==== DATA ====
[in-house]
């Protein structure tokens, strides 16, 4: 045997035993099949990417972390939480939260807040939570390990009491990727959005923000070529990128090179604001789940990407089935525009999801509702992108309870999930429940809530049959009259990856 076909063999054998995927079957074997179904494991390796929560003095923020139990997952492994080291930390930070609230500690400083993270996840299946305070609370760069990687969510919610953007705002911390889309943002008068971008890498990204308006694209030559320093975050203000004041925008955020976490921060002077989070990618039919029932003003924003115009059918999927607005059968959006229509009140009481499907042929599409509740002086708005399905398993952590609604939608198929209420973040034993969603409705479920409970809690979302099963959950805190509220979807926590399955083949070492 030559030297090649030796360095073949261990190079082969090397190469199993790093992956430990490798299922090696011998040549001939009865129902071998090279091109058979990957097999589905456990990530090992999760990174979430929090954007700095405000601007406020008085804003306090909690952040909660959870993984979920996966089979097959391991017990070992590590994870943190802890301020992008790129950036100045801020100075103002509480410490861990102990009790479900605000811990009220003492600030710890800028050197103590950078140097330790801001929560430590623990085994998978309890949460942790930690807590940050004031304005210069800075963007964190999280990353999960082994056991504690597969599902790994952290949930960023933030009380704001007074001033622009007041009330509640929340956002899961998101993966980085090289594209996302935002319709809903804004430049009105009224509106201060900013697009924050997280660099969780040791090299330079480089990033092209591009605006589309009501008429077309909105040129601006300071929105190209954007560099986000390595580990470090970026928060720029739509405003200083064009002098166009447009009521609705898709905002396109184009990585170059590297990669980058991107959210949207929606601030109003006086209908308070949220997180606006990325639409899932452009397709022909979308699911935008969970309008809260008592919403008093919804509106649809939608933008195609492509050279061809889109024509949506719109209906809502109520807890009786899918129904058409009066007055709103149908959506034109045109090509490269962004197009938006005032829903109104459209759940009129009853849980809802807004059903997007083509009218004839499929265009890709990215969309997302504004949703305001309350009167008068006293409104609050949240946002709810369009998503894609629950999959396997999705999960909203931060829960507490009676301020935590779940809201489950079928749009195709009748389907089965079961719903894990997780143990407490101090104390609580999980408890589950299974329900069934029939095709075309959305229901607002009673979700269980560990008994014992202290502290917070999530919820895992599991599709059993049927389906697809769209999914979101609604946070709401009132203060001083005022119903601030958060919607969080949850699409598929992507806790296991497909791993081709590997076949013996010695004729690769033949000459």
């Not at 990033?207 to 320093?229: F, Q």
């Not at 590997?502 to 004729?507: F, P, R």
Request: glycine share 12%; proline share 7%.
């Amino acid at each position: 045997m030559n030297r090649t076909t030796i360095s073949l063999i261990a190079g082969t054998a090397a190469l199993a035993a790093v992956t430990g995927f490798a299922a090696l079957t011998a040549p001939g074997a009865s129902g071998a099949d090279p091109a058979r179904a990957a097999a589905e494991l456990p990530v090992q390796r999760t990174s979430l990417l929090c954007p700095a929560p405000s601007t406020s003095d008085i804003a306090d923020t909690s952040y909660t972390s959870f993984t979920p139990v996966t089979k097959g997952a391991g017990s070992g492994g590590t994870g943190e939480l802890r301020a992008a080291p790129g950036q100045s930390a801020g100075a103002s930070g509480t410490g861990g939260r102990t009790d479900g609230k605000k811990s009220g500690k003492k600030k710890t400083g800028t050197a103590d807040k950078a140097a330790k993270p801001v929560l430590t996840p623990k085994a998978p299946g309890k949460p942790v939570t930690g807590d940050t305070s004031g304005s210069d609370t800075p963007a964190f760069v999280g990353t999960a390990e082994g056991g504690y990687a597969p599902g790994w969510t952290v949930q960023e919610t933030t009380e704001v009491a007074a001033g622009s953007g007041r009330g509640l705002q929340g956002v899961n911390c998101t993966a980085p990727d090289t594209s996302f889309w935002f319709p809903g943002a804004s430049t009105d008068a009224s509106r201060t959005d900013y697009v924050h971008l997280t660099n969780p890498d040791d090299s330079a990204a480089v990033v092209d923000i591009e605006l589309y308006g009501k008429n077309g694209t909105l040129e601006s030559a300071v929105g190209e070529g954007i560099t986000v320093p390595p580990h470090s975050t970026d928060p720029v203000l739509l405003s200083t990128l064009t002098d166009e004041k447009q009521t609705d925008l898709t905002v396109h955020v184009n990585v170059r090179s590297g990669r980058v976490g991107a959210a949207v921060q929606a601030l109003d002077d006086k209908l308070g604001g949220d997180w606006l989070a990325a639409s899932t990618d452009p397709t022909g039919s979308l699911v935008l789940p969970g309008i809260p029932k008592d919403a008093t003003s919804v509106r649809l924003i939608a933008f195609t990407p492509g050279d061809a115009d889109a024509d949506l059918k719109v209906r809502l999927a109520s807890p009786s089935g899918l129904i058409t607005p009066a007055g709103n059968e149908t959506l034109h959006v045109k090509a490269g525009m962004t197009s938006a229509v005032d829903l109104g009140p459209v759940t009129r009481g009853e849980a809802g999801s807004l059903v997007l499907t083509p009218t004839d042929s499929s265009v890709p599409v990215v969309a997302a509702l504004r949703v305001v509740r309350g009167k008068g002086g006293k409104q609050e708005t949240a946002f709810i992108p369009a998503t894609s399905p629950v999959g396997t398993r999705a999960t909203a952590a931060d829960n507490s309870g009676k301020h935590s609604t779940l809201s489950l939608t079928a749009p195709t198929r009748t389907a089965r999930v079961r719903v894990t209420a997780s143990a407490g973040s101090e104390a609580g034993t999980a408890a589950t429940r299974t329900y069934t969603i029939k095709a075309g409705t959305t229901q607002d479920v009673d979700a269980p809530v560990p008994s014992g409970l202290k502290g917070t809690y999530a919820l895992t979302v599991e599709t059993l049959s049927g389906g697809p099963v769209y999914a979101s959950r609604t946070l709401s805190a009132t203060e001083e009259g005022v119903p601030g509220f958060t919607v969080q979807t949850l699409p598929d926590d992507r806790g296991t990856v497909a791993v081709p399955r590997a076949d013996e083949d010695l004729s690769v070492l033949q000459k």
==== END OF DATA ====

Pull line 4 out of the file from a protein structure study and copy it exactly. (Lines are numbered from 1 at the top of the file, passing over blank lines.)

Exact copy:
């Not at 590997?502 to 004729?507: F, P, R």